Edward Lear was born in Holloway, London. He father was a stockbroker and he was brought up largely by his sister Ann. He spent his early years first as a draughtsman for the Zoological Society, then as an artist for the British Museum.
In 1832 he was employed by the Earl of Derby to make coloured drawings of the rare birds and animals in the menagerie at Knowsley Hall. The Earl also allowed Lear the means to travel widely. He published accounts of his trips to Italy (1846), Albania and Illyria (1851), Calabria (1852), and Corsica (1870). He also visited the Holy Land and Greece.
He is chiefly remembered for his nonsense poetry, the first volume of which was written for his patron's grandchildren in 1846 and was simply entitled A Book of Nonsense. It contained Lear's favourite poetic format, the limerick, and was illustrated throughout. His poetry was henceforth marked by an air of ludicrous fantasy, as well as a unique inventiveness.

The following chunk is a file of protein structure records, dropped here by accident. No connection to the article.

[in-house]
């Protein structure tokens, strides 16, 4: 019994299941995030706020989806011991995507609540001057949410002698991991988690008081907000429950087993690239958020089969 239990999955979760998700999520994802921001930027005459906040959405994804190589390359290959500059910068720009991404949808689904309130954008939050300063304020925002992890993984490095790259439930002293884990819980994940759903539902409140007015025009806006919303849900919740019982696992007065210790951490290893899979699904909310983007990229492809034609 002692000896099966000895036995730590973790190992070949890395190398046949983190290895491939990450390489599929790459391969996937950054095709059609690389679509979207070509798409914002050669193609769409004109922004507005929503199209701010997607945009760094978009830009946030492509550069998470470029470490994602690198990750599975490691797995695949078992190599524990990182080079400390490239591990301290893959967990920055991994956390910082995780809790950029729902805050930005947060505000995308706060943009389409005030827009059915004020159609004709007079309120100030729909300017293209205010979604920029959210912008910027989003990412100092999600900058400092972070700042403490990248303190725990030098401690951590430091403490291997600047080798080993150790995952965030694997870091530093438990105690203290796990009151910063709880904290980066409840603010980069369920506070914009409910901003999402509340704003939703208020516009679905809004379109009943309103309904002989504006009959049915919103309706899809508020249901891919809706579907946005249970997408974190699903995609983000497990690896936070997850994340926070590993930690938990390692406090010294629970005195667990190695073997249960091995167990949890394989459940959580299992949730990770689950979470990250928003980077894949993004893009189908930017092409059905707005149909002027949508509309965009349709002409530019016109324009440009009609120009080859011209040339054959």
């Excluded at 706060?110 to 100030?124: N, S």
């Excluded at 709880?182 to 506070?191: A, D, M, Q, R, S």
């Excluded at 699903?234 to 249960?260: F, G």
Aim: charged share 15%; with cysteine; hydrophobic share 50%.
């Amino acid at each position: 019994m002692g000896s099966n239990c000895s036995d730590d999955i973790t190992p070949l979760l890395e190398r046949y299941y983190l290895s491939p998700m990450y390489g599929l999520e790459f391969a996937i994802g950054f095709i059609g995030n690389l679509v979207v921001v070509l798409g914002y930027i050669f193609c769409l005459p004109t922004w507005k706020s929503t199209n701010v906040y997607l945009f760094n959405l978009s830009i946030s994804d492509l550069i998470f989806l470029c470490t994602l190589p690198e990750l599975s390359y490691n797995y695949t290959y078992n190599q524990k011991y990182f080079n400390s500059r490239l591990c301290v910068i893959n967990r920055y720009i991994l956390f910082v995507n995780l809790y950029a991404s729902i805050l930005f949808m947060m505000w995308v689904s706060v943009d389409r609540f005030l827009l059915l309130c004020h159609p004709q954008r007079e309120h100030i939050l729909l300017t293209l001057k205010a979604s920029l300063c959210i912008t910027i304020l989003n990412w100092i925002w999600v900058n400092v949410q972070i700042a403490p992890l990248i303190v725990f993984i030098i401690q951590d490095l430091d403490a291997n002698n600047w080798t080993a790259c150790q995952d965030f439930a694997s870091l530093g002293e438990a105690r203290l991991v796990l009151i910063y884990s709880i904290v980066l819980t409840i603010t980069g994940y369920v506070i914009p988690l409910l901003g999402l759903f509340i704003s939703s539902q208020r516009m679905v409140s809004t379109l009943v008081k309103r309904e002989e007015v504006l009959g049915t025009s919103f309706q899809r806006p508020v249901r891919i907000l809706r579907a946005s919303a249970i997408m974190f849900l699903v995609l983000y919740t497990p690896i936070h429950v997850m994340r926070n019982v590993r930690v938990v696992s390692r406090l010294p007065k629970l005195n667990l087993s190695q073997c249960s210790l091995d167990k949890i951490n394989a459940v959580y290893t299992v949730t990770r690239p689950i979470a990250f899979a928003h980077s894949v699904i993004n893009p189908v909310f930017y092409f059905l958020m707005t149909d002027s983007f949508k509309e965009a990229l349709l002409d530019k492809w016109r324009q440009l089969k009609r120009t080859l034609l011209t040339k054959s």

A deep sense of sadness can also be traced in his nonsense verse. This melancholy was a reflection of the life of the writer, who, despite the support of friends such as Tennyson's wife Emily, suffered from depression and loneliness.
Since his death, appreciation of his artistic work, the water-colours in particular, has risen. His real fame, however, was secured by poems from Nonsense Songs (1871) such as 'The Owl and the Pussycat'.